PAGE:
This past summer, at an undisclosed location in a northeastern metropolis, the U.S. Department of Homeland Security (DHS) was trying to predict the future. There were no psychics or crystal balls, just a battery of sensors designed to determine human intention through the subtlest of changes in heart rate, gaze, and other physiological markers.
Together, the sensors are called Future Attribute Screening Technology, or FAST, a $20 million federal project that aims to highlight airport passengers whose bodies betray hostile intentions. In theory, FAST has the potential to detect terrorists in the final minutes before they act, but critics warn that the system may have other consequences, such as flagging innocent travelers through false positives while letting some with ill intent sneak by through false negatives. The DHS, for its part, maintains that FAST is merely improving on a far older and more fallible crime predictor: human judgment.
About 3,000 DHS officers already roam the nation’s airports scanning for suspicious behavior and facial expressions in a program called Screening of Passengers by Observational Techniques, or SPOT. The automated FAST system is intended to supplement SPOT by catching signals that are undetectable to the naked eye. FAST is not designed to replace the decision-making of human screeners, but government officials hope it will eventually be able to passively scan airport passengers and single out those worth pulling aside for additional screening.
In recent trials, DHS recruited subjects and had them attend a mock event, such as a technology expo. Some of the subjects, chosen at random, were asked to perform an objectionable action at the event—not bring in a bomb, obviously, but perhaps steal a CD. Before entering the expo, subjects reported to a kiosk containing a suite of body sensors, each able to take precise measurements from about 20 feet away: A cardiovascular and respiratory sensor measured heart rate and breathing, an eye tracker followed gaze and position of the eyes, thermal cameras measured heat on the face, and floor sensors and a high resolution video system tracked body movement.
That first round of measurements is an essential step, says FAST program manager Robert Middleton, since it assures that individuals are measured against their own baseline rather than some universal standard of agitation. “The system was designed this way from the beginning to avoid simply identifying individuals who enter screening already anxious or angry,” he says.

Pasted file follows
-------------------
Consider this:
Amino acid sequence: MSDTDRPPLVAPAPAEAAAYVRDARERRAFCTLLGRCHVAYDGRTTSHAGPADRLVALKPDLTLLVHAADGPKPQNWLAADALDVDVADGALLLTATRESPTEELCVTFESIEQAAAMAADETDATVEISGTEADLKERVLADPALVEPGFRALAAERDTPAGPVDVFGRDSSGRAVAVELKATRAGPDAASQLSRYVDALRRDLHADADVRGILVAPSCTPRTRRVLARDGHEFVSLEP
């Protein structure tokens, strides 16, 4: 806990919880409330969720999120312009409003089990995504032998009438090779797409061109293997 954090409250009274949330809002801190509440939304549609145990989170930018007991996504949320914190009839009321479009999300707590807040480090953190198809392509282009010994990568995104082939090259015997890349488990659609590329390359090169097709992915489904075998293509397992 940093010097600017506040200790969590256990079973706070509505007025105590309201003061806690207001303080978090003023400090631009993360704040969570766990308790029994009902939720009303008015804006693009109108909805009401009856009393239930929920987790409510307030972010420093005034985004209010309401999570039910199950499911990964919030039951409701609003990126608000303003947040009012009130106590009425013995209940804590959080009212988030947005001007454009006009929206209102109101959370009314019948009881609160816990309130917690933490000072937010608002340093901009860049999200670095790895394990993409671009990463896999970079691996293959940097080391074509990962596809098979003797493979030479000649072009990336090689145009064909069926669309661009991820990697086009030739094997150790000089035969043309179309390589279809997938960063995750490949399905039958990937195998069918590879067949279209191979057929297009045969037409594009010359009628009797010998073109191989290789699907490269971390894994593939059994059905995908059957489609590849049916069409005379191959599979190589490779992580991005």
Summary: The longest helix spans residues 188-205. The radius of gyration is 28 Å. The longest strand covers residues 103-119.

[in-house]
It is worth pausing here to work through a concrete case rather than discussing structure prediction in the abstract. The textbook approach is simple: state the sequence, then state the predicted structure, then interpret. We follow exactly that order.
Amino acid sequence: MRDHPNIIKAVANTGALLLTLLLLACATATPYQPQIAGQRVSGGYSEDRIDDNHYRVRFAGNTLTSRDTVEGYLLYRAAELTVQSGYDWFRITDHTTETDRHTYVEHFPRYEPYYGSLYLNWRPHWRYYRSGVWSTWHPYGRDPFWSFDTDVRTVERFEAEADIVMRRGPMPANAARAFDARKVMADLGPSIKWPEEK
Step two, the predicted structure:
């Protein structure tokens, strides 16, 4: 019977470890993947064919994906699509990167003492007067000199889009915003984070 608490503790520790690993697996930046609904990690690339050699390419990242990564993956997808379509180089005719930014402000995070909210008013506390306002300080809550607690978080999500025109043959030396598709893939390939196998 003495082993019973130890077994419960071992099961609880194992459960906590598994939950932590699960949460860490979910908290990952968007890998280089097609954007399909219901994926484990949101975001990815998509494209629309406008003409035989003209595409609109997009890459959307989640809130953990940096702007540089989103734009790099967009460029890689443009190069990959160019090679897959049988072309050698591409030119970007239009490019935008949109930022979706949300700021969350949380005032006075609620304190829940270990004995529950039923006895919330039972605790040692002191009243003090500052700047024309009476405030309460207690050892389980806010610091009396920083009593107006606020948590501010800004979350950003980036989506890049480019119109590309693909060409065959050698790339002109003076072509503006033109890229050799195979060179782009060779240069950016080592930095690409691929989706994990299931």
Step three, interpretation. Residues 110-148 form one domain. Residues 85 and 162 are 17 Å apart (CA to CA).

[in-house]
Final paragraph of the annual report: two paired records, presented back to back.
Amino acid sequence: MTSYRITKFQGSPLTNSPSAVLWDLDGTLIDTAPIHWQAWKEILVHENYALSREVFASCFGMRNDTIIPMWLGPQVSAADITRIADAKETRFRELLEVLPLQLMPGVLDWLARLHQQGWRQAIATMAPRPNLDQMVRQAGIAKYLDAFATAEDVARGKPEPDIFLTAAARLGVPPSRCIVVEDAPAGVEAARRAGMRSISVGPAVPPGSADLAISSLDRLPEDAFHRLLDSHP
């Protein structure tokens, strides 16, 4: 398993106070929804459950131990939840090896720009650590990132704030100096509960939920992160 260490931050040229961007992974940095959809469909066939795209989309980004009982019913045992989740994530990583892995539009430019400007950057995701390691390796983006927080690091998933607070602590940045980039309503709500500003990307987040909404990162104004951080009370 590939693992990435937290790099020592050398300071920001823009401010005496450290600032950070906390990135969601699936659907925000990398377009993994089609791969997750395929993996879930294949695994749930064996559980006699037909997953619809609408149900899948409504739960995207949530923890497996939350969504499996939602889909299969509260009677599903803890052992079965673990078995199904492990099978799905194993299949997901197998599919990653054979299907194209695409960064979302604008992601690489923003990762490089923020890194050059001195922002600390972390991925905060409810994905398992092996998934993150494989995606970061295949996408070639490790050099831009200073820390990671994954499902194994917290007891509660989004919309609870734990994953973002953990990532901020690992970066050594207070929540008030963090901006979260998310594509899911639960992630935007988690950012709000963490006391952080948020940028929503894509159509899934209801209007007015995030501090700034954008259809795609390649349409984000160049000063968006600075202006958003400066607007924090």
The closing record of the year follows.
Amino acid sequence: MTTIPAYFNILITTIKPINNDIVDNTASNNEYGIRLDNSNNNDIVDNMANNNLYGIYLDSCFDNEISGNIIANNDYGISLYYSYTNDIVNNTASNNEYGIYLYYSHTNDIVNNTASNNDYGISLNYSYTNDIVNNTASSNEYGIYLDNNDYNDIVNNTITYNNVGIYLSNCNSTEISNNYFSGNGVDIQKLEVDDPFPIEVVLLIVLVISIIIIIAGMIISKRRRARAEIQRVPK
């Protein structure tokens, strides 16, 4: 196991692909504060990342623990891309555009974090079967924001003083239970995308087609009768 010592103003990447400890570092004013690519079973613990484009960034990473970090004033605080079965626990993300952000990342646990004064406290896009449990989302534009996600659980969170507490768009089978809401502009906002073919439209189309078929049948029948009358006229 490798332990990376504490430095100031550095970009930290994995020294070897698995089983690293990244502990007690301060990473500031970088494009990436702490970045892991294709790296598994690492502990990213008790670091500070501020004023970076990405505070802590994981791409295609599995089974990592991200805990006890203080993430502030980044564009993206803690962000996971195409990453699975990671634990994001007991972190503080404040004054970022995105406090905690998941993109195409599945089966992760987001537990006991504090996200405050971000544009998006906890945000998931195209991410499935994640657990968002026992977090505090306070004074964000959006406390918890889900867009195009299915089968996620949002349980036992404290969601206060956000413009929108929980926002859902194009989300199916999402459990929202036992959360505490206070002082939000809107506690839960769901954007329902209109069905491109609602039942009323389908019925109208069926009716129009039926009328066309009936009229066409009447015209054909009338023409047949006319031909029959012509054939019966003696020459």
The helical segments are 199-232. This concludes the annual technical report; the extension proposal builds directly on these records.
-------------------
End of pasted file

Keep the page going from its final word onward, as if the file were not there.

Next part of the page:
After the baseline was established, volunteers were then asked a series of questions ranging from innocuous (“Have you been in the area all day?”) to direct (“Are you planning to commit a crime?”). The interview acts like a stimulus: Theoretically, it should trigger a more robust physiological response from conspirators than from innocent passengers. John Verrico, the DHS spokesman for the project, acknowledges the impracticality of a screening system that relies on interrogation but suggests commercial versions will be better. Ultimately, he says, the measurements would be taken in a process akin to passing through a metal detector, and only people with suspicious vital signs would be taken aside for questioning.
DHS’s faith in the technology is based on the controversial theory of malintent, developed
in 2007 by clinical psychologist and FAST research consultant Daniel Martin. By combining ideas from neuroscience, psychophysiology, psychology, and counterterrorism, Martin concluded that the physiological signs of a future hostile actor would increase with
the severity of the impending act and as the moment of the crime approaches. If so, a terrorist who plans to blow up a plane in an hour should be easier to detect than a man who plans to cheat on his wife during a business trip. Martin also concluded that the physiological signs, such as heart rate and skin temperature, would be too minute to manipulate, eliminating the possibility that terrorists would outsmart the system. “The system analyzes responses that people have little or no control over,” he claims. “And even if someone can avoid detection on one sensor, it is unlikely he can avoid detection on all.”
Next page: Testing the theory